The National Audubon Society is a nonprofit conservation organization that protects birds and the places they need, today and tomorrow. We work throughout the Americas using science, advocacy, education, and on-the-ground conservation. Audubon’s state, regional, national, and international programs, nature centers, and chapters have an unparalleled wingspan that reaches millions of people each year to inform, inspire, and unite diverse communities in conservation action. As a sentinel species, we recognize that the fate of birds is inextricably tied to the fate of us all.
A lack of understanding of the temporal and spatial distribution of the Black Rail (Laterallus jamaicensis) in Louisiana has resulted in an inability to (1) study basic aspects of the species’ biology in this part of the range and (2) implement effective conservation measures to benefit this species. Without knowing when and where the Black Rail occurs in the state, restoration and management efforts will be unable to account for the habitat needs of this rare and declining species. This project seeks to build upon five years of research to locate Black Rails in coastal Louisiana, describe important habitat on which they depend, and understand their responses to fire management.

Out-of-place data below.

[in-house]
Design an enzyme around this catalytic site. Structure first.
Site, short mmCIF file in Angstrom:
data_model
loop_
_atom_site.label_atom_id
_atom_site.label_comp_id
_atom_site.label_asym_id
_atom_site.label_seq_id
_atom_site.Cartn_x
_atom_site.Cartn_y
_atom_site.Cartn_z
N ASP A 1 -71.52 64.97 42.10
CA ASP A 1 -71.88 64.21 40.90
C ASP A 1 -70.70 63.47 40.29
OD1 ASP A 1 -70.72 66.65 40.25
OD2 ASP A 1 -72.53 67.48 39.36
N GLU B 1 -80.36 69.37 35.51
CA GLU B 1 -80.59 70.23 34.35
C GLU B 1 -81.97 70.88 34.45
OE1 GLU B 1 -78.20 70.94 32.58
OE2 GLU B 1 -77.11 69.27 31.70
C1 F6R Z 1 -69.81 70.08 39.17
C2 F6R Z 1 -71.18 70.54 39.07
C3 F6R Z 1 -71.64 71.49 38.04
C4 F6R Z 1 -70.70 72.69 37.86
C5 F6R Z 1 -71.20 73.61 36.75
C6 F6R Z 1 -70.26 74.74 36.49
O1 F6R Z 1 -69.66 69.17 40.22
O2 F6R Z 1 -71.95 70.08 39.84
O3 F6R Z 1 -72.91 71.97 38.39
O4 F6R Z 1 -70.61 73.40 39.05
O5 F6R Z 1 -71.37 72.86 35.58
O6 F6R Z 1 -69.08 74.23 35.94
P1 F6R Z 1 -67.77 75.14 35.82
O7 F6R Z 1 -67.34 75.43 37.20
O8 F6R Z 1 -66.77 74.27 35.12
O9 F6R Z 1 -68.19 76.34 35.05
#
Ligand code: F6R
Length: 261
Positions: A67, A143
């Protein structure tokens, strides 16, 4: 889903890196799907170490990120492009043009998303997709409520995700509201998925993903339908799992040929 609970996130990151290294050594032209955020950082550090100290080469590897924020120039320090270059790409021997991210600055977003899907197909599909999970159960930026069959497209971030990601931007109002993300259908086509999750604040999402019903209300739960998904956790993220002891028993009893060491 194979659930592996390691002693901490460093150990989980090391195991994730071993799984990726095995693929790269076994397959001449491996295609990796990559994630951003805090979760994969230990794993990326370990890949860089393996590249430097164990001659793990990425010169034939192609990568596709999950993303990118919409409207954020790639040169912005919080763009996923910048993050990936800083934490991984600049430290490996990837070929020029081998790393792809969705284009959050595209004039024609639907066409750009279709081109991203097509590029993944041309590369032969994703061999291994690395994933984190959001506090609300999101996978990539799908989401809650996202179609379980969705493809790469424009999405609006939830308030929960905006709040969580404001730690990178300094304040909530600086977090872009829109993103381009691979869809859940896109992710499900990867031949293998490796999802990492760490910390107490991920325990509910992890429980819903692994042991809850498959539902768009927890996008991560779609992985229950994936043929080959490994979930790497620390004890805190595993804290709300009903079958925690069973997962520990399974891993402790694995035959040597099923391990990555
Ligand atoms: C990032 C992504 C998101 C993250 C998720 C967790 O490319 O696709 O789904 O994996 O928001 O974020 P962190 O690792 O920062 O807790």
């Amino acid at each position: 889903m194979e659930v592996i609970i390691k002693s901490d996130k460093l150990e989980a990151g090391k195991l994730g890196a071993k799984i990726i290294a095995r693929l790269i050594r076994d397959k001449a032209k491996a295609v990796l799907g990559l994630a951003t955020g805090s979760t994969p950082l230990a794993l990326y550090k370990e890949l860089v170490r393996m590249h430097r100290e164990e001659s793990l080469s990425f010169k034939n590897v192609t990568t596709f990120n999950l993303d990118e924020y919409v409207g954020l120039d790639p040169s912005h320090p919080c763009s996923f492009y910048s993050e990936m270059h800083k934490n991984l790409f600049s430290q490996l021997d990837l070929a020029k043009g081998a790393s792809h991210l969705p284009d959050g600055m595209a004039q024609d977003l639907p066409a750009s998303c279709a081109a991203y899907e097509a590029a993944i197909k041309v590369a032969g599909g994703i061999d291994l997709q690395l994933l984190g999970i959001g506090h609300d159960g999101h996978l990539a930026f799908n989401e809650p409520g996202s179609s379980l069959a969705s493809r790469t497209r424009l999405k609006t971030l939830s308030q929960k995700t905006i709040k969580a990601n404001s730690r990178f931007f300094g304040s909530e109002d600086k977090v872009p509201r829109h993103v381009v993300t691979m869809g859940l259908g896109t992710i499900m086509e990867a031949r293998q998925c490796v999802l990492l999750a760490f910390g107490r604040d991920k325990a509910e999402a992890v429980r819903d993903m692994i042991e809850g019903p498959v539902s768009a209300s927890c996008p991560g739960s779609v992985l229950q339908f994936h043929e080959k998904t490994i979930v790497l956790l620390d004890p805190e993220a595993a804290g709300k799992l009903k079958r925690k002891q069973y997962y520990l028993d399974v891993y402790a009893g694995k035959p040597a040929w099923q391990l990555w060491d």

Supervised by the Marshbird Biologist, the Marshbird Biological Assistant will work closely with Audubon Delta’s Marshbird Biologist to conduct point-count and vegetation surveys. By assisting with this project, the Marshbird Biological Assistant will gain experience and learn from experts in the field of conservation and avian ecology, while gaining practical skills in ornithological research, monitoring techniques, and volunteer coordination.
This position is expected to work 40 hours per week for five months between March and June 2023. Please submit a cover letter, resume, and a list of three references with your application by February 12th, 2023.
The Marshbird Biological Assistant will support Audubon Delta’s Black and Yellow Rail research program in coastal Louisiana. The goals of the program are 1) to determine the population status of Black Rails across coastal Louisiana, 2) to understand important habitat and vegetation characteristics on which they depend, and 3) to understand how this habitat can be maintained through prescribed fire, and the birds’ responses. Funded through the NOAA RESTORE Science Act Grant program as a Gulf-wide collaborative research project, this research is particularly timely as the Eastern Black Rail subspecies has been recently listed as Threatened under the Endangered Species Act.
$15.00 / hour
The National Audubon Society is a federal contractor and an Equal Opportunity Employer (EOE). All qualified applicants will receive consideration for employment without regard to race, color, religion, sex, sexual orientation, gender identity, national origin, disability or protected veteran status. We are committed to a policy of nondiscrimination, inclusion and equal opportunity and actively seek a diverse pool of candidates in this search.
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